Terrorism is a global problem that affects dozens of countries in today’s world. But, as author and analyst Alexander Podrabinek notes in this commentary, terrorism in Russia has its own—often unexplainable—“national peculiarities.”
Terrorism is strange in Russia. Bombs go off in cars, on planes and at train stations; hundreds of people die, even more are left crippled for life. Genuine human tragedies occur next to a farce, performed over and over again by the authorities, law enforcement bodies and secret services.
Russian terrorism has its peculiarities, with the main and the most obvious of them that in most cases nobody claims responsibility for terrorist attacks. Terrorists keep quiet, though the whole point of the use of terror is to intimidate the government and society, and thus, the source of the threat should make itself obvious. In Russia's case, however, there is no source. The National Anti-Terrorist Committee names those responsible for terrorist attacks, and the same committee switches responsibility when necessary.
The 1999 apartment building bombings in Moscow, Buinaksk, and Volgodonsk prove this point. No less than 307 people were killed then and more than 1700 were injured. None of the leaders of the Chechen rebel movement claimed responsibility for the attacks. According to many independent analysts, the persons convicted of the bombings were not involved in terrorist activity. In other cases, including the recent terrorist attacks in Volgograd, terrorists behaved in a similar way. Nobody is in a hurry to claim the bloodiness, which is usually a characteristic of terrorism.
Another peculiarity of Russian terrorism is the absence of defendants. Trials only take place in exceptional cases, while usually terrorists get killed before court proceedings, either during the terrorist attack itself or during police operations that follow the attack. The difficulties of the combat situations that accompany the apprehension of terrorists are always offered as justification for such killings. This is a rather strong argument. However, in other countries, in similar situations, the police and security forces often manage to arrest suspects and bring them before the court.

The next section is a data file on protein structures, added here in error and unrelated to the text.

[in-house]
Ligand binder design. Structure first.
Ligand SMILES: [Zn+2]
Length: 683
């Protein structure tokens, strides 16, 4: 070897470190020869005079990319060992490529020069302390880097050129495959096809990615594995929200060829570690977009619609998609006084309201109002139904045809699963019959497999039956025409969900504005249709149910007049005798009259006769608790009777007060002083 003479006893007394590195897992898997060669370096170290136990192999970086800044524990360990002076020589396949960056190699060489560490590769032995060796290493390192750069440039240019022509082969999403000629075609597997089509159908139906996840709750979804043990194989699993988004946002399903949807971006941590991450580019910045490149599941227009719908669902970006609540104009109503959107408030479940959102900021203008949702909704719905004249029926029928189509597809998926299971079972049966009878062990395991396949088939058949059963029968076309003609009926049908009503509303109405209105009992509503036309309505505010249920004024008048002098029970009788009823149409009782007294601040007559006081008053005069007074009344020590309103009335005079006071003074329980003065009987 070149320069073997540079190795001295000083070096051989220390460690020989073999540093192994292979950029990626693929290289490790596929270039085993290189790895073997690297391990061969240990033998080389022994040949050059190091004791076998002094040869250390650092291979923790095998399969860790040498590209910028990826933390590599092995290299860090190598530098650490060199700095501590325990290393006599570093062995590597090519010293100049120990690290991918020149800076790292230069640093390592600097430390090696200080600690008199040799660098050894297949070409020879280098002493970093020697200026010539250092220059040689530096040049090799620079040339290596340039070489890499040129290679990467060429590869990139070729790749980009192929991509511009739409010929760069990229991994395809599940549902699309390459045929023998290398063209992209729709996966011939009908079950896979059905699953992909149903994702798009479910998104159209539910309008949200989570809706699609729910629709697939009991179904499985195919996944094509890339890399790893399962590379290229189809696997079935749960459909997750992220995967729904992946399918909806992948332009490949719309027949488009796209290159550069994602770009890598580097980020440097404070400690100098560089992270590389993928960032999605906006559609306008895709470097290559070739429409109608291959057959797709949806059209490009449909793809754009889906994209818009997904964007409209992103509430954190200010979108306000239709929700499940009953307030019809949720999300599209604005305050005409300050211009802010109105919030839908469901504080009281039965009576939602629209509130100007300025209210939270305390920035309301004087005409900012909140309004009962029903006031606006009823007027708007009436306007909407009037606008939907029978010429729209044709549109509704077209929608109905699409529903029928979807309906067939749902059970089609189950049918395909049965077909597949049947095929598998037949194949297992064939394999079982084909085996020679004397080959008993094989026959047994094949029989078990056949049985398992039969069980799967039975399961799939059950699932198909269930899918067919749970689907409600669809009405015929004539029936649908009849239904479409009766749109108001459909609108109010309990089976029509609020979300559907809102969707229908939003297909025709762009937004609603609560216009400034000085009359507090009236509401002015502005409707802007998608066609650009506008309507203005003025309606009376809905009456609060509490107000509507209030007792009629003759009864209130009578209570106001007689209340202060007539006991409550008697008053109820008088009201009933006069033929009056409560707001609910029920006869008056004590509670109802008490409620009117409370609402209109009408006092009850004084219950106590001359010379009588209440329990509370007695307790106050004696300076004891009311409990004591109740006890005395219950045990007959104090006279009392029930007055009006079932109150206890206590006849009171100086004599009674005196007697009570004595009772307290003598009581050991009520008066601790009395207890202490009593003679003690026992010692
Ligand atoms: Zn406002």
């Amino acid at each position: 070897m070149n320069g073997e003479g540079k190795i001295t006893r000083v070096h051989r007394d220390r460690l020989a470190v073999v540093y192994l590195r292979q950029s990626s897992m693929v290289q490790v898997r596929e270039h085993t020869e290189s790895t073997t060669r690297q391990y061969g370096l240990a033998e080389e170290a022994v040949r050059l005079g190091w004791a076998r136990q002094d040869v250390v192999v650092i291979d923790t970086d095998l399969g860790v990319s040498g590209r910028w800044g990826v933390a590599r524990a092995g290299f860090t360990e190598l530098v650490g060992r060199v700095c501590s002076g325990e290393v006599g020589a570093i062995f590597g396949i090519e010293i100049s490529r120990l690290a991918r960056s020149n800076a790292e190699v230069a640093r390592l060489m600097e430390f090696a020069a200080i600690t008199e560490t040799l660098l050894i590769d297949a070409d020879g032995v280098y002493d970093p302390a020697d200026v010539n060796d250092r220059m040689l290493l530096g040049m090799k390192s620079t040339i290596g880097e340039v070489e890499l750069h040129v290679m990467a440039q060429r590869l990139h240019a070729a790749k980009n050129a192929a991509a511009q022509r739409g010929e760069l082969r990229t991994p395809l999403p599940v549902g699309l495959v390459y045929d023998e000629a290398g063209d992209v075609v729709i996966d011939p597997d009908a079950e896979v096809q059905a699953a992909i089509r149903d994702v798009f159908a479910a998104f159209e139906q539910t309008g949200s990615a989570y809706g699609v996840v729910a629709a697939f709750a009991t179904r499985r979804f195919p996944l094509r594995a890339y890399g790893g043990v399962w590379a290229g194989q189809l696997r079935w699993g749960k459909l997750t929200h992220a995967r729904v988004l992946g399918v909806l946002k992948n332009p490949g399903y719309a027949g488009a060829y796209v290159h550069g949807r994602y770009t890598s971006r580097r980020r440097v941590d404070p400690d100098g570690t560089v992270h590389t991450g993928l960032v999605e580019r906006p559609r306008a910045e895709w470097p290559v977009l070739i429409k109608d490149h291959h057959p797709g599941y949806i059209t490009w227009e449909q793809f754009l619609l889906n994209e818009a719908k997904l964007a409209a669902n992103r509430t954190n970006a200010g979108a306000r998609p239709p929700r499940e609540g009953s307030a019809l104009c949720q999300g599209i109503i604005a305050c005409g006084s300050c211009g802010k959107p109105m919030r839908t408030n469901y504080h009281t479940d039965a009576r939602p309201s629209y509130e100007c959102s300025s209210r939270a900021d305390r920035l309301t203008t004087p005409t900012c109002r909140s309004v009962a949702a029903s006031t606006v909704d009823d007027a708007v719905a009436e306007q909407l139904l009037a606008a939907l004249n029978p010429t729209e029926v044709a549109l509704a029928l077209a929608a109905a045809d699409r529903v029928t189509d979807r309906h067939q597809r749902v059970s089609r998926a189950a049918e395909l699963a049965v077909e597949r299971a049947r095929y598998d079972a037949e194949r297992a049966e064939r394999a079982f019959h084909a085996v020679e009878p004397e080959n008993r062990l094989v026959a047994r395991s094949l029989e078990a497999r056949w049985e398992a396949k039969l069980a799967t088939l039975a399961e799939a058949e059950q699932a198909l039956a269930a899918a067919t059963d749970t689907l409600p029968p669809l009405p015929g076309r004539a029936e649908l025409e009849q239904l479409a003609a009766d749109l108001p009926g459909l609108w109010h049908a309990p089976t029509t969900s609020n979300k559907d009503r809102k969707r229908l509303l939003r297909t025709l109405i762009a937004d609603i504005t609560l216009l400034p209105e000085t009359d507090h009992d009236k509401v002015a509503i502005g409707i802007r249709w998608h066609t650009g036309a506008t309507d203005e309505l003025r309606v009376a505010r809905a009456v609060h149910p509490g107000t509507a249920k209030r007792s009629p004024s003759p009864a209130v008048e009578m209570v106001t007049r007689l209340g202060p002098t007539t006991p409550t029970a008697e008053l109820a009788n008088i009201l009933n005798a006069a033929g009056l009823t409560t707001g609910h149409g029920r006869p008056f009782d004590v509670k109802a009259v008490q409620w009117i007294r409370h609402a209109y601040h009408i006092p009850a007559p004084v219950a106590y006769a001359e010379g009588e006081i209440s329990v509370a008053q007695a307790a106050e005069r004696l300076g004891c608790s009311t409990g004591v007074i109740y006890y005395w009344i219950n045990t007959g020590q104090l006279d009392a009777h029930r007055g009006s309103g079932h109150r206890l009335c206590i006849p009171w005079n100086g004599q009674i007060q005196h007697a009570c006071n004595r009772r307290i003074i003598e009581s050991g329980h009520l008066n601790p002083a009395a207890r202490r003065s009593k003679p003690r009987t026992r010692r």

The operation to release the hostages during the October 2002 Moscow theater siege demonstrates this Russian peculiarity of destroying potential defendants. All of the terrorists were killed: 36 of them according to official data, and 40 according to other sources. Most of the terrorists were shot while unconscious from the gas used, which affected both terrorists and the hostages. There is still no conclusive information on what type of gas was used. Approximately 150 hostages died during the release operation, 4 of them shot by terrorists and the others killed by special forces operatives.